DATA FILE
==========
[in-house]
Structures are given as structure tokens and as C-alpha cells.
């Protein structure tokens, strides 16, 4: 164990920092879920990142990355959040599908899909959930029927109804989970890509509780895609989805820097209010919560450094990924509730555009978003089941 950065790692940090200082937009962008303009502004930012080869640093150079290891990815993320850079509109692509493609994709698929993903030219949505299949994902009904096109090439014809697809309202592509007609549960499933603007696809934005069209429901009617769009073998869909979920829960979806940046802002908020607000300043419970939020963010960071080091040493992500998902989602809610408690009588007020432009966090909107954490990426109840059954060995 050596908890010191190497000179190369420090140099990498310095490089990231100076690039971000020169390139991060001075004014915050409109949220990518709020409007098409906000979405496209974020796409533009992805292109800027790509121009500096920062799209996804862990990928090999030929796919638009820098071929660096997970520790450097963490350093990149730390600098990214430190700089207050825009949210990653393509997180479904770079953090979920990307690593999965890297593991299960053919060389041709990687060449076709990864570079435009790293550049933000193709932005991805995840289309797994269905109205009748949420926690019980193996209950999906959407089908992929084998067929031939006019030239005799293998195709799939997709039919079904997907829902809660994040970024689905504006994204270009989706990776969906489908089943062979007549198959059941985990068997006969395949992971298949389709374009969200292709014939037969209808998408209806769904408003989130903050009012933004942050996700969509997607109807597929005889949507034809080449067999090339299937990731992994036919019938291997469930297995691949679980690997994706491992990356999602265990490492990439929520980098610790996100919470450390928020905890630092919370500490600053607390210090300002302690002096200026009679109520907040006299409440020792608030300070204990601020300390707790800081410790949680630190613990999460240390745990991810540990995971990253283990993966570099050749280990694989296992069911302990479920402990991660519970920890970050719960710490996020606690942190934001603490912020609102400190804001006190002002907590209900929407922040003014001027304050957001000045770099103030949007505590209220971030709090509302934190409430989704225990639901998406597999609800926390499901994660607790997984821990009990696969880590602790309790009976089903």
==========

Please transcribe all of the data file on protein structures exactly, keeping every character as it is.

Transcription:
[in-house]
Structures are given as structure tokens and as C-alpha cells.
């Protein structure tokens, strides 16, 4: 164990920092879920990142990355959040599908899909959930029927109804989970890509509780895609989805820097209010919560450094990924509730555009978003089941 950065790692940090200082937009962008303009502004930012080869640093150079290891990815993320850079509109692509493609994709698929993903030219949505299949994902009904096109090439014809697809309202592509007609549960499933603007696809934005069209429901009617769009073998869909979920829960979806940046802002908020607000300043419970939020963010960071080091040493992500998902989602809610408690009588007020432009966090909107954490990426109840059954060995 050596908890010191190497000179190369420090140099990498310095490089990231100076690039971000020169390139991060001075004014915050409109949220990518709020409007098409906000979405496209974020796409533009992805292109800027790509121009500096920062799209996804862990990928090999030929796919638009820098071929660096997970520790450097963490350093990149730390600098990214430190700089207050825009949210990653393509997180479904770079953090979920990307690593999965890297593991299960053919060389041709990687060449076709990864570079435009790293550049933000193709932005991805995840289309797994269905109205009748949420926690019980193996209950999906959407089908992929084998067929031939006019030239005799293998195709799939997709039919079904997907829902809660994040970024689905504006994204270009989706990776969906489908089943062979007549198959059941985990068997006969395949992971298949389709374009969200292709014939037969209808998408209806769904408003989130903050009012933004942050996700969509997607109807597929005889949507034809080449067999090339299937990731992994036919019938291997469930297995691949679980690997994706491992990356999602265990490492990439929520980098610790996100919470450390928020905890630092919370500490600053607390210090300002302690002096200026009679109520907040006299409440020792608030300070204990601020300390707790800081410790949680630190613990999460240390745990991810540990995971990253283990993966570099050749280990694989296992069911302990479920402990991660519970920890970050719960710490996020606690942190934001603490912020609102400190804001006190002002907590209900929407922040003014001027304050957001000045770099103030949007505590209220971030709090509302934190409430989704225990639901998406597999609800926390499901994660607790997984821990009990696969880590602790309790009976089903």